Golgotha is the graveyard outside of New Reno, where people are sent to die. It is also the burial grounds of those who are killed when they fall out of favor with one of the mob families in New Reno.
Graves lie to all four sides of paved crossroads, and staked bodies rot in the sun. A sign points northwest to New Reno and down, conveniently indicating the direction of Hell.
Golgotha cannot naturally be revealed on the map, and there are only 3 ways to get its location:
- Ask Jules in the Virgin Street of New Reno and ask to hear a little about, then about Golgotha when told about it.
- Try to disband Myron from the group and ask him about his favor; he will then tell about a secret Mordino stash containing the loot only accessible through this dialogue.
- During the quest to Track down Pretty Boy Lloyd, recover the stolen money, and make an... example of him for the Salvatores.
|Loot in Golgotha|
Magic 8 ball stash:
Grid for gravesEdit
Imagine the crossed street of Golgotha as a grid read like a book, left to right top to bottom. Northwest will be grid "A," northeast will be grid "B," southwest is "C" and southeast is "D."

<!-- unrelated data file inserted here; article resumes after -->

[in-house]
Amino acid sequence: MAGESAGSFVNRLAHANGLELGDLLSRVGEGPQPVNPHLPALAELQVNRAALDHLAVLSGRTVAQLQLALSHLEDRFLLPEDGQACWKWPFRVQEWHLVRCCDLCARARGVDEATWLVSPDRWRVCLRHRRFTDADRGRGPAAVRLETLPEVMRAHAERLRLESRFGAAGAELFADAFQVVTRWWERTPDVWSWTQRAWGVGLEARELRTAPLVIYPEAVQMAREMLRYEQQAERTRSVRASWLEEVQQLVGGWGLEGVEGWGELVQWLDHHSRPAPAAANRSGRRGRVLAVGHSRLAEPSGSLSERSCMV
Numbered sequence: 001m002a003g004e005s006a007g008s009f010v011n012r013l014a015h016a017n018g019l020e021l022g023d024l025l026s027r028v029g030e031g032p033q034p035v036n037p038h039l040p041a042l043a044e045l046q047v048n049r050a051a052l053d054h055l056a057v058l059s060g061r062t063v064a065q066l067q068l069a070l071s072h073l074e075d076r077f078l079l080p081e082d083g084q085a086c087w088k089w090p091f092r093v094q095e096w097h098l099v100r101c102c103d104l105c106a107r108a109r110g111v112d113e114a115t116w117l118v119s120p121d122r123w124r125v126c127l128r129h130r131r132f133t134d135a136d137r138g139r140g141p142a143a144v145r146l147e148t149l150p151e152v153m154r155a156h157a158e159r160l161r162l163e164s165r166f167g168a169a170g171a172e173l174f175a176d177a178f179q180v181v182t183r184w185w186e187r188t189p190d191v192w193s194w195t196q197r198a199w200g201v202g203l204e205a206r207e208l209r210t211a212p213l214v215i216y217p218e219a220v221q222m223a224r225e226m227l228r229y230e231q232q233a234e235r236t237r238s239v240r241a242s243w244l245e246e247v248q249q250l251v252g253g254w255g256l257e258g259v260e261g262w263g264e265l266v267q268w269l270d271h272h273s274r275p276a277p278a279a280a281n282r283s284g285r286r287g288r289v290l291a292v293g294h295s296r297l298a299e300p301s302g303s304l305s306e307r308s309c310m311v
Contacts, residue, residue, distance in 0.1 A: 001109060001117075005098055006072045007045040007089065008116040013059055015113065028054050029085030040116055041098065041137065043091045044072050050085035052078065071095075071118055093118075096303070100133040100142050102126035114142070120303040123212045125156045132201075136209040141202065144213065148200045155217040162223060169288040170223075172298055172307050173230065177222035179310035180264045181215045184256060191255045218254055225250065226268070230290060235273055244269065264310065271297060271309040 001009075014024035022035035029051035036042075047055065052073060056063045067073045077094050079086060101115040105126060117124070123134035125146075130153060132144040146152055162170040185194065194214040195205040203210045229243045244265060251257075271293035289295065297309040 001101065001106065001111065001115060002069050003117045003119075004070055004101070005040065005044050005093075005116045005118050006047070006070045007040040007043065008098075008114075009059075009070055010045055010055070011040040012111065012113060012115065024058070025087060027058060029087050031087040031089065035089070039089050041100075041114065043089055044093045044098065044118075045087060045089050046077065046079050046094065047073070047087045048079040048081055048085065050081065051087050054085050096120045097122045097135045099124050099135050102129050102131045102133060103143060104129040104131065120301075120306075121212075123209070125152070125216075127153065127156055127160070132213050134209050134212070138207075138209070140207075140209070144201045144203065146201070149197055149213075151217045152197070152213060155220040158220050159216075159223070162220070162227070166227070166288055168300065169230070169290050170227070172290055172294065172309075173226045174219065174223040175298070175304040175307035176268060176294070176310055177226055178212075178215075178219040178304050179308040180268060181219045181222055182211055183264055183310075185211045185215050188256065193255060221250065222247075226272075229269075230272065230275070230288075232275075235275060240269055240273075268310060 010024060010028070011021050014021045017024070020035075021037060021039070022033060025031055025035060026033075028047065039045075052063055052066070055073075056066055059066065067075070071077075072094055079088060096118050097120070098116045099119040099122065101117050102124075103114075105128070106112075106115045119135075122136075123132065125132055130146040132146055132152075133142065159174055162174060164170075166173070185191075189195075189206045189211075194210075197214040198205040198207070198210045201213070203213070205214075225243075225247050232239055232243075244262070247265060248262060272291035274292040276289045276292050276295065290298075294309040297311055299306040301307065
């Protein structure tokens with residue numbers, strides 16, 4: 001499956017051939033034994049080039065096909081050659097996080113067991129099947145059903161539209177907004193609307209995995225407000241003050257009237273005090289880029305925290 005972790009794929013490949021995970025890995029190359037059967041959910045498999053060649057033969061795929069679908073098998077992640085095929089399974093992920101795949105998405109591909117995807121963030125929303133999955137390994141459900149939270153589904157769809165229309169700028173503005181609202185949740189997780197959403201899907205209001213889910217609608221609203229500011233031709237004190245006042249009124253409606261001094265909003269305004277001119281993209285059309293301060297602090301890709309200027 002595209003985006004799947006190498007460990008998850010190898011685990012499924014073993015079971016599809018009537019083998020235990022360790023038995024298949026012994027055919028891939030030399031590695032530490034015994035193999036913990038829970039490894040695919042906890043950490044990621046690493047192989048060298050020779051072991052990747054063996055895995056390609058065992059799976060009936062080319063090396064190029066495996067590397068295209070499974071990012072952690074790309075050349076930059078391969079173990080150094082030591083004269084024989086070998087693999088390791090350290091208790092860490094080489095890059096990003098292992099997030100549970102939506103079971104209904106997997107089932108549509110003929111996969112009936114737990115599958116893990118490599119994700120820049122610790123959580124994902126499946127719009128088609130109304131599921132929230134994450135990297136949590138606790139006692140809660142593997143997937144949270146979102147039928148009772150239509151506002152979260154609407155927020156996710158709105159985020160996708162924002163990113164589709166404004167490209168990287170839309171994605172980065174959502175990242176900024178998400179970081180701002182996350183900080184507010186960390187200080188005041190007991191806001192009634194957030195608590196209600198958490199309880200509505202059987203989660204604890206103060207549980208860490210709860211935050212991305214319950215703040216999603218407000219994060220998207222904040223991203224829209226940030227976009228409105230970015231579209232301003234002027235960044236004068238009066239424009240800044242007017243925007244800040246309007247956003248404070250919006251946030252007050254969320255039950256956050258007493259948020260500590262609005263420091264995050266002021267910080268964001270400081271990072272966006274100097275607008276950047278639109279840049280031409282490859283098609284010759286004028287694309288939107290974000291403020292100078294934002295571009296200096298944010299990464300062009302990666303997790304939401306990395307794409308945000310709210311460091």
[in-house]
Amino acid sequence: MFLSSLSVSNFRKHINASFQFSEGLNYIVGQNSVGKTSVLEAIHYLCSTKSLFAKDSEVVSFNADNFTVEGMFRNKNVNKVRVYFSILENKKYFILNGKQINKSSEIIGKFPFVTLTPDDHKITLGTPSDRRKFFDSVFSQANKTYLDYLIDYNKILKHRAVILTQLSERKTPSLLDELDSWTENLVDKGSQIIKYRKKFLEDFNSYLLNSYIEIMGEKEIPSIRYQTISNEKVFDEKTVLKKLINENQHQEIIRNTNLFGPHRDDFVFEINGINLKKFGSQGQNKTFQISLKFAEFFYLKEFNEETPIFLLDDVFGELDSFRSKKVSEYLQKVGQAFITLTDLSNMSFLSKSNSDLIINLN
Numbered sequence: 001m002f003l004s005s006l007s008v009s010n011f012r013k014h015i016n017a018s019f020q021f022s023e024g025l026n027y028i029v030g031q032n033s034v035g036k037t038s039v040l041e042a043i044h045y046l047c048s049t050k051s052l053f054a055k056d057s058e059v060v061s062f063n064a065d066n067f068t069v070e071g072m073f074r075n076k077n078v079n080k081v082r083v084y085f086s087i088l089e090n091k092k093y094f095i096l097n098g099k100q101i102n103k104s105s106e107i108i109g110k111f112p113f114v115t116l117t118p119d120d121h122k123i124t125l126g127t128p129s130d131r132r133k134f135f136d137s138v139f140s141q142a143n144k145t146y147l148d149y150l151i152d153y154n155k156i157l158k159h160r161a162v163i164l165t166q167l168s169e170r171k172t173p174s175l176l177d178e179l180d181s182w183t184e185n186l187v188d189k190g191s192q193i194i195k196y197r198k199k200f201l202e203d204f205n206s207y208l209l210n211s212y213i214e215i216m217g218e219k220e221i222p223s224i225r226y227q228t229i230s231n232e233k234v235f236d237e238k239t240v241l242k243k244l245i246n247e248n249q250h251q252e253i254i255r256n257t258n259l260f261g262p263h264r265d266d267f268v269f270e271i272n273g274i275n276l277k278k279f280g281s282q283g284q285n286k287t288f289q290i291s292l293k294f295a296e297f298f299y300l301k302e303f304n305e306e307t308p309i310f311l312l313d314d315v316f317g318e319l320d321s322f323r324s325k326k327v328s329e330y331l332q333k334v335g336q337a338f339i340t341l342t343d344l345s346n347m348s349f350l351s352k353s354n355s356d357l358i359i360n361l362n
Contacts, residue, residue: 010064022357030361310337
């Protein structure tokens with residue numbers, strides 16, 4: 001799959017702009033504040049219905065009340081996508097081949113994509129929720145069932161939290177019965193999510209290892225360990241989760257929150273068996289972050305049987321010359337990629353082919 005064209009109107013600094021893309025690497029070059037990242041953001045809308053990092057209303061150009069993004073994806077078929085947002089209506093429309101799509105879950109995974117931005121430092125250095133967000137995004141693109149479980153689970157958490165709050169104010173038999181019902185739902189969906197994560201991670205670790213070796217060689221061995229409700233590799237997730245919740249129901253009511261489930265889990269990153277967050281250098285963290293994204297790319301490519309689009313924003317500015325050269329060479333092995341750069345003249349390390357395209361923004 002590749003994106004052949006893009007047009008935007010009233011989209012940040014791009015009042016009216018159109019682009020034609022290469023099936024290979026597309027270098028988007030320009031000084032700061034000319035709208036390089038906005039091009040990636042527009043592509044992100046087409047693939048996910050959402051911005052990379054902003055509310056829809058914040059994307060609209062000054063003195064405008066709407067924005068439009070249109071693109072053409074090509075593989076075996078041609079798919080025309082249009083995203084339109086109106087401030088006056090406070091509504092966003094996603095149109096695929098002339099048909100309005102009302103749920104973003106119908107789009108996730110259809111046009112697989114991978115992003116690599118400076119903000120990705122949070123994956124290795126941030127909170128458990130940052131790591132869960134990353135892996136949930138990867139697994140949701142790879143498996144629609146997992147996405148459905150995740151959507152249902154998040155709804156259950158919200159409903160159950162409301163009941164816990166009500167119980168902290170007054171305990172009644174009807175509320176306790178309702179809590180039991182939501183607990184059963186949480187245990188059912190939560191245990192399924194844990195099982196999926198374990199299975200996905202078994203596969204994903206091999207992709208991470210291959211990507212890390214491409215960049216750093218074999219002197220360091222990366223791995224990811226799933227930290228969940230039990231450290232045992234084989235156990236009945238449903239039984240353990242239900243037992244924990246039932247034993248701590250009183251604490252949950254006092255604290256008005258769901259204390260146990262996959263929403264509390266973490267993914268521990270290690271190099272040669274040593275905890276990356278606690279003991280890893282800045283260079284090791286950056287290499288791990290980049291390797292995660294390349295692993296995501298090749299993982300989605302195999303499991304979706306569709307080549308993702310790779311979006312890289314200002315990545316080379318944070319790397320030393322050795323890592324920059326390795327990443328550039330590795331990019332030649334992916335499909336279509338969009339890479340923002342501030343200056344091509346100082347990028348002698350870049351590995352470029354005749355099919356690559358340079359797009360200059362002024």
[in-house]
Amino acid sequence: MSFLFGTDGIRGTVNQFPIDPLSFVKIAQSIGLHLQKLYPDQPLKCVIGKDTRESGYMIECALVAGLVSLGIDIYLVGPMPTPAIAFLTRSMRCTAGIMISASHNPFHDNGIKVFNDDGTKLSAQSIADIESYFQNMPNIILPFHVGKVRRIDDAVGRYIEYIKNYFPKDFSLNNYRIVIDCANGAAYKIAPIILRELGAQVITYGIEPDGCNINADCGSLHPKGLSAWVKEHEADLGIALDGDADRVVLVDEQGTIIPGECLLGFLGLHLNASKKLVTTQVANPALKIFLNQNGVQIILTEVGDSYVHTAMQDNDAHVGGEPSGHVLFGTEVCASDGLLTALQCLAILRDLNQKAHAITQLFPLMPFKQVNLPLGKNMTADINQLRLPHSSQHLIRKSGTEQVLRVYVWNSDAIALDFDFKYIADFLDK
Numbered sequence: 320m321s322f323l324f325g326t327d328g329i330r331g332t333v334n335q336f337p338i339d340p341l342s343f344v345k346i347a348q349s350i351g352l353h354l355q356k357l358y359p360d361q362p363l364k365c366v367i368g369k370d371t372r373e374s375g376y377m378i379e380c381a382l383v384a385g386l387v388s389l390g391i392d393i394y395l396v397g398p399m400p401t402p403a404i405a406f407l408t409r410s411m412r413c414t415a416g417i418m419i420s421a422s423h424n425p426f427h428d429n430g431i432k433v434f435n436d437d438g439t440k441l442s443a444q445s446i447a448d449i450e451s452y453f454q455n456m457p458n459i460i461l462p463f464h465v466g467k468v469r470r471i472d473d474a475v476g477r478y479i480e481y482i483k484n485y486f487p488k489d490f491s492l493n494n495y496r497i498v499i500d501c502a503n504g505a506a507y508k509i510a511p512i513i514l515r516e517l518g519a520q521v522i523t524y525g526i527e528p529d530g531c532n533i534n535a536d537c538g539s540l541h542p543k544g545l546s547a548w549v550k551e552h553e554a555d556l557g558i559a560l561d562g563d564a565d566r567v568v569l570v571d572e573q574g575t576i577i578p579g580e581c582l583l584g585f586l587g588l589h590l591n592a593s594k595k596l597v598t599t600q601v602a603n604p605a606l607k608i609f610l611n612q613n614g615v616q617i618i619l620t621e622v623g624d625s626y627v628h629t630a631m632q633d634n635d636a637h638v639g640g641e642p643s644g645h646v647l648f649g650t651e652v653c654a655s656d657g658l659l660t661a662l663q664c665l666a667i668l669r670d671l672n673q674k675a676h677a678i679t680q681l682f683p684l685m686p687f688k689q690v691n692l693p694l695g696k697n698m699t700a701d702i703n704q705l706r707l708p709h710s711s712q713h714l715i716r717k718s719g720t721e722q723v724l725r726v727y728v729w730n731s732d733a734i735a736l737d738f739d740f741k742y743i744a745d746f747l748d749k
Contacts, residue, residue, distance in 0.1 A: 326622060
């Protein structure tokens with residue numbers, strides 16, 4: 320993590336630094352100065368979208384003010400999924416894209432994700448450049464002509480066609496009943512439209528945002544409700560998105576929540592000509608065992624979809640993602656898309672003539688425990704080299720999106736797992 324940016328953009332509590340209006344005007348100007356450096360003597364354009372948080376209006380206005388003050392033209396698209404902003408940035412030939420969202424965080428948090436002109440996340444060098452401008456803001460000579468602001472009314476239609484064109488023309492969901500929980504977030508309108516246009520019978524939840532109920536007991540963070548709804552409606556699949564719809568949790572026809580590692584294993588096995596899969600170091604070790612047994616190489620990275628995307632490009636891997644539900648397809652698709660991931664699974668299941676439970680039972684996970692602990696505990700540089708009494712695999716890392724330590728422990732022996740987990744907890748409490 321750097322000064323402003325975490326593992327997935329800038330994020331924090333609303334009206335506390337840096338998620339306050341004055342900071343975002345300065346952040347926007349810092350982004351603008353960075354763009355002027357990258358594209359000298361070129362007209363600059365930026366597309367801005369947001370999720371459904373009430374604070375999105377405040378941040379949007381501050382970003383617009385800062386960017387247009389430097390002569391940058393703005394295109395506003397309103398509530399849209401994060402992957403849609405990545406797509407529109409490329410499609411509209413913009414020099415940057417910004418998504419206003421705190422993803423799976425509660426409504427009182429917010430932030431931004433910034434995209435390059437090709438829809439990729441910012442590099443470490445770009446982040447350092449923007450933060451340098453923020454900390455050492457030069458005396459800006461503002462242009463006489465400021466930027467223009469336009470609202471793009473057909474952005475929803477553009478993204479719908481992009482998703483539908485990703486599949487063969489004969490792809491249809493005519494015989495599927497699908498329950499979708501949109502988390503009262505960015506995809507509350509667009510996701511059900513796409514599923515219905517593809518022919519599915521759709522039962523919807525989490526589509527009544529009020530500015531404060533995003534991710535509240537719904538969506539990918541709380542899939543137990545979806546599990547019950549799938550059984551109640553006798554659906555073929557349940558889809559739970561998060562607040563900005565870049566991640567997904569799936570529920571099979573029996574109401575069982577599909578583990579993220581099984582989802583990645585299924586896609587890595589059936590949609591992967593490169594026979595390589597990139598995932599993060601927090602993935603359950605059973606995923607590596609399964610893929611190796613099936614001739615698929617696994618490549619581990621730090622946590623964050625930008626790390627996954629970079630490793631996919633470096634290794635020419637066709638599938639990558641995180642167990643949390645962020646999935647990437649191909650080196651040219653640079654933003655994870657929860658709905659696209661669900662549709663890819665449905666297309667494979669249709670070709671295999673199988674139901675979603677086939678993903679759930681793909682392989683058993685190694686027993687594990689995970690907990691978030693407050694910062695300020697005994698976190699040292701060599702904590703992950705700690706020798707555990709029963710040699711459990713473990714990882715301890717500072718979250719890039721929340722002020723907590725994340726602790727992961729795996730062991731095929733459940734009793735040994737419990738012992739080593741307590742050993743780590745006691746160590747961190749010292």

|Graves in Golgotha|
Each Grave labeled A1-8 B1-5 C1-7 and D1-9.:
- Track down Pretty Boy Lloyd, recover the stolen money, and make an... example of him
- Find out who was responsible for Richard Wright's overdose
- The background music is City of Lost Angels, which was originally used for the LA Boneyard in Fallout.
- Digging up the other graves besides the one to Track down Pretty Boy Lloyd, recover the stolen money, and make an... example of him drains Karma (except for Coffin Willie's).
- Until getting a response from the magic 8-ball, a grave in the southeast section, marked as "Trash," is empty. Once the clue is given, the grave contains $374.
- It is the only peaceful means to obtain the mirrored shades.
- Golgotha is lavishly endowed with text descriptions on the grave markers: poetic inscriptions, limericks and doggerel abound. Numerous names of Fallout 2 production staff are in evidence.
Behind the scenesEdit
In Christianity, the mountain where Jesus was crucified is also named Golgotha, a Greek word meaning "place of the skull," and the rest of the road in Golgotha strangely forms a cross.